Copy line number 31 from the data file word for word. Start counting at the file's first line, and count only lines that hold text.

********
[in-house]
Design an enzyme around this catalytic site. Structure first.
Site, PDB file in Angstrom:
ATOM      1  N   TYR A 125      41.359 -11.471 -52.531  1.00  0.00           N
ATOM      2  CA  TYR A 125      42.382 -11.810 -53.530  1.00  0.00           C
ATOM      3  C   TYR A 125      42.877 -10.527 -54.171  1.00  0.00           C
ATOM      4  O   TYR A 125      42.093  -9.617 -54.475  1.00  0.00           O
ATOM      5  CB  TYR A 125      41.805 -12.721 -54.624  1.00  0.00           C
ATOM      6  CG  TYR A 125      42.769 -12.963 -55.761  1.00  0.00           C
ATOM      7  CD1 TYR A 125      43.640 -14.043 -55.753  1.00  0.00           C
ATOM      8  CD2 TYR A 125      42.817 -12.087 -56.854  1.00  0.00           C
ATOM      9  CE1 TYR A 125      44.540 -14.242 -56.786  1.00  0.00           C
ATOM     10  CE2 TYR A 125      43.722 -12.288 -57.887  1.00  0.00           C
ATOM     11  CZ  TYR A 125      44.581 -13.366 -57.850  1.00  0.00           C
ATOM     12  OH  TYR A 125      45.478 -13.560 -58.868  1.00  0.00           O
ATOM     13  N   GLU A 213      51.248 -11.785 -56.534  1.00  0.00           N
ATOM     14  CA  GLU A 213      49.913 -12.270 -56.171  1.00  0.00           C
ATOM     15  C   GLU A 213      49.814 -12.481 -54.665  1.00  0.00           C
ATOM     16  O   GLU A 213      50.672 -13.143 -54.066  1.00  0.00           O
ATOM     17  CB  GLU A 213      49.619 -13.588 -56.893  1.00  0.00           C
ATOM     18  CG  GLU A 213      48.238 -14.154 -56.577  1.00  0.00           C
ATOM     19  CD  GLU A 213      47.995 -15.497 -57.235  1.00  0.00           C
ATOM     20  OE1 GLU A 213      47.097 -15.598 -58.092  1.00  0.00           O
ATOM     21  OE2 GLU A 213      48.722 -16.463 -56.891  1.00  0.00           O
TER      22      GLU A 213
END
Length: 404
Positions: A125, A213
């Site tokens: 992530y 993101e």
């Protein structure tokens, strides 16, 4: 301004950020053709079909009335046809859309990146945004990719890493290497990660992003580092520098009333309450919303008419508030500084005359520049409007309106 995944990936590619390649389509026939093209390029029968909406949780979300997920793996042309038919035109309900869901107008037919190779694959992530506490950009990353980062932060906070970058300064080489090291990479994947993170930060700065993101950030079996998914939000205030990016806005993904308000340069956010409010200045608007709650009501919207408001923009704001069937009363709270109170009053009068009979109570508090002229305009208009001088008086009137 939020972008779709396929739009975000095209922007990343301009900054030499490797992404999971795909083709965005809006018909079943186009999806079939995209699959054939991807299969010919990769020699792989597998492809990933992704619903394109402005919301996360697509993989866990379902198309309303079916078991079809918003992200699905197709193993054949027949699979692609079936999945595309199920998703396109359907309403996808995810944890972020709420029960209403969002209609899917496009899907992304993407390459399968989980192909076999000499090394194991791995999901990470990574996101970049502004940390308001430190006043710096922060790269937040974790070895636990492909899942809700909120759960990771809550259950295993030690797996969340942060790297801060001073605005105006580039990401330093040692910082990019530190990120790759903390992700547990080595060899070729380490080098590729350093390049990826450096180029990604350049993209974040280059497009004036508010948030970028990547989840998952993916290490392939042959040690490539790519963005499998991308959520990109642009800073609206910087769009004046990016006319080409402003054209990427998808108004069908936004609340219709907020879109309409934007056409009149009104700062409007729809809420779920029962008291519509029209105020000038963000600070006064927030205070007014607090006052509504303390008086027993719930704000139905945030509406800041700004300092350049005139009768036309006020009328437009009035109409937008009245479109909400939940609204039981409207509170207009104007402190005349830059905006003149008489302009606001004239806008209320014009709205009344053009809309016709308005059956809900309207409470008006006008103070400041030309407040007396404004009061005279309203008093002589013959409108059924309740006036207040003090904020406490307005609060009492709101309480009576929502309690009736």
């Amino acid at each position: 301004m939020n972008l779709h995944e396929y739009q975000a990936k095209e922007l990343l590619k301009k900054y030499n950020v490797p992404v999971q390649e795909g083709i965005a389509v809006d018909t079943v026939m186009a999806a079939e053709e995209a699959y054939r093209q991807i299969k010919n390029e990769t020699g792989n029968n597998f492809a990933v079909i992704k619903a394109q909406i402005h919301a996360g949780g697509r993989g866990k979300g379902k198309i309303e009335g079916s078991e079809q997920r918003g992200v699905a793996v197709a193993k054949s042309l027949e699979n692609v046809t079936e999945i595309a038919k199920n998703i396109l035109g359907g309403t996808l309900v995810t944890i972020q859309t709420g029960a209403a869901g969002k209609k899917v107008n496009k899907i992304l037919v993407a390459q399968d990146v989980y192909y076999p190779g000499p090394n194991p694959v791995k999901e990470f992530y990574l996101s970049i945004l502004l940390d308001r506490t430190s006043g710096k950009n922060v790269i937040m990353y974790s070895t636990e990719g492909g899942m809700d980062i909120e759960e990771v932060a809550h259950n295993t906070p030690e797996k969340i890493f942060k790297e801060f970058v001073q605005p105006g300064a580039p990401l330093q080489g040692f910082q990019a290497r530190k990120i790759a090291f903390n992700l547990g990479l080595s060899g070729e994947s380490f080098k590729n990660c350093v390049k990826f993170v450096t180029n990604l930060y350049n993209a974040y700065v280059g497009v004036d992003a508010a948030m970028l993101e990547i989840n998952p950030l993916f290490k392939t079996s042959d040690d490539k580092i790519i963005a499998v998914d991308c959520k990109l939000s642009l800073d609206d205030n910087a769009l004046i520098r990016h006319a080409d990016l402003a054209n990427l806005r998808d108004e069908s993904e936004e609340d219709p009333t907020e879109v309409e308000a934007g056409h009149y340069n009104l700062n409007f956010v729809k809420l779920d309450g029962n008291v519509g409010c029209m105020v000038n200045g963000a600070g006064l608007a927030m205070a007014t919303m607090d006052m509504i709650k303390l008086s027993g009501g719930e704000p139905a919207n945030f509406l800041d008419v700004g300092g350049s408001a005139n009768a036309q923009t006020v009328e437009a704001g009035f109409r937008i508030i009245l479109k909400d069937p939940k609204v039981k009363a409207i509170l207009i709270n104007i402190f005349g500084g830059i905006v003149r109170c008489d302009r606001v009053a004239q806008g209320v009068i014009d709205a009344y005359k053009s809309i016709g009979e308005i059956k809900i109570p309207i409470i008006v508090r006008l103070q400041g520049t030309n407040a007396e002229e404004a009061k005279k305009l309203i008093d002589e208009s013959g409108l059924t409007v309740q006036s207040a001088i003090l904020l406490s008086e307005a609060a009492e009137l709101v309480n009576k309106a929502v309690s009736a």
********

């Amino acid at each position: 301004m939020n972008l779709h995944e396929y739009q975000a990936k095209e922007l990343l590619k301009k900054y030499n950020v490797p992404v999971q390649e795909g083709i965005a389509v809006d018909t079943v026939m186009a999806a079939e053709e995209a699959y054939r093209q991807i299969k010919n390029e990769t020699g792989n029968n597998f492809a990933v079909i992704k619903a394109q909406i402005h919301a996360g949780g697509r993989g866990k979300g379902k198309i309303e009335g079916s078991e079809q997920r918003g992200v699905a793996v197709a193993k054949s042309l027949e699979n692609v046809t079936e999945i595309a038919k199920n998703i396109l035109g359907g309403t996808l309900v995810t944890i972020q859309t709420g029960a209403a869901g969002k209609k899917v107008n496009k899907i992304l037919v993407a390459q399968d990146v989980y192909y076999p190779g000499p090394n194991p694959v791995k999901e990470f992530y990574l996101s970049i945004l502004l940390d308001r506490t430190s006043g710096k950009n922060v790269i937040m990353y974790s070895t636990e990719g492909g899942m809700d980062i909120e759960e990771v932060a809550h259950n295993t906070p030690e797996k969340i890493f942060k790297e801060f970058v001073q605005p105006g300064a580039p990401l330093q080489g040692f910082q990019a290497r530190k990120i790759a090291f903390n992700l547990g990479l080595s060899g070729e994947s380490f080098k590729n990660c350093v390049k990826f993170v450096t180029n990604l930060y350049n993209a974040y700065v280059g497009v004036d992003a508010a948030m970028l993101e990547i989840n998952p950030l993916f290490k392939t079996s042959d040690d490539k580092i790519i963005a499998v998914d991308c959520k990109l939000s642009l800073d609206d205030n910087a769009l004046i520098r990016h006319a080409d990016l402003a054209n990427l806005r998808d108004e069908s993904e936004e609340d219709p009333t907020e879109v309409e308000a934007g056409h009149y340069n009104l700062n409007f956010v729809k809420l779920d309450g029962n008291v519509g409010c029209m105020v000038n200045g963000a600070g006064l608007a927030m205070a007014t919303m607090d006052m509504i709650k303390l008086s027993g009501g719930e704000p139905a919207n945030f509406l800041d008419v700004g300092g350049s408001a005139n009768a036309q923009t006020v009328e437009a704001g009035f109409r937008i508030i009245l479109k909400d069937p939940k609204v039981k009363a409207i509170l207009i709270n104007i402190f005349g500084g830059i905006v003149r109170c008489d302009r606001v009053a004239q806008g209320v009068i014009d709205a009344y005359k053009s809309i016709g009979e308005i059956k809900i109570p309207i409470i008006v508090r006008l103070q400041g520049t030309n407040a007396e002229e404004a009061k005279k305009l309203i008093d002589e208009s013959g409108l059924t409007v309740q006036s207040a001088i003090l904020l406490s008086e307005a609060a009492e009137l709101v309480n009576k309106a929502v309690s009736a």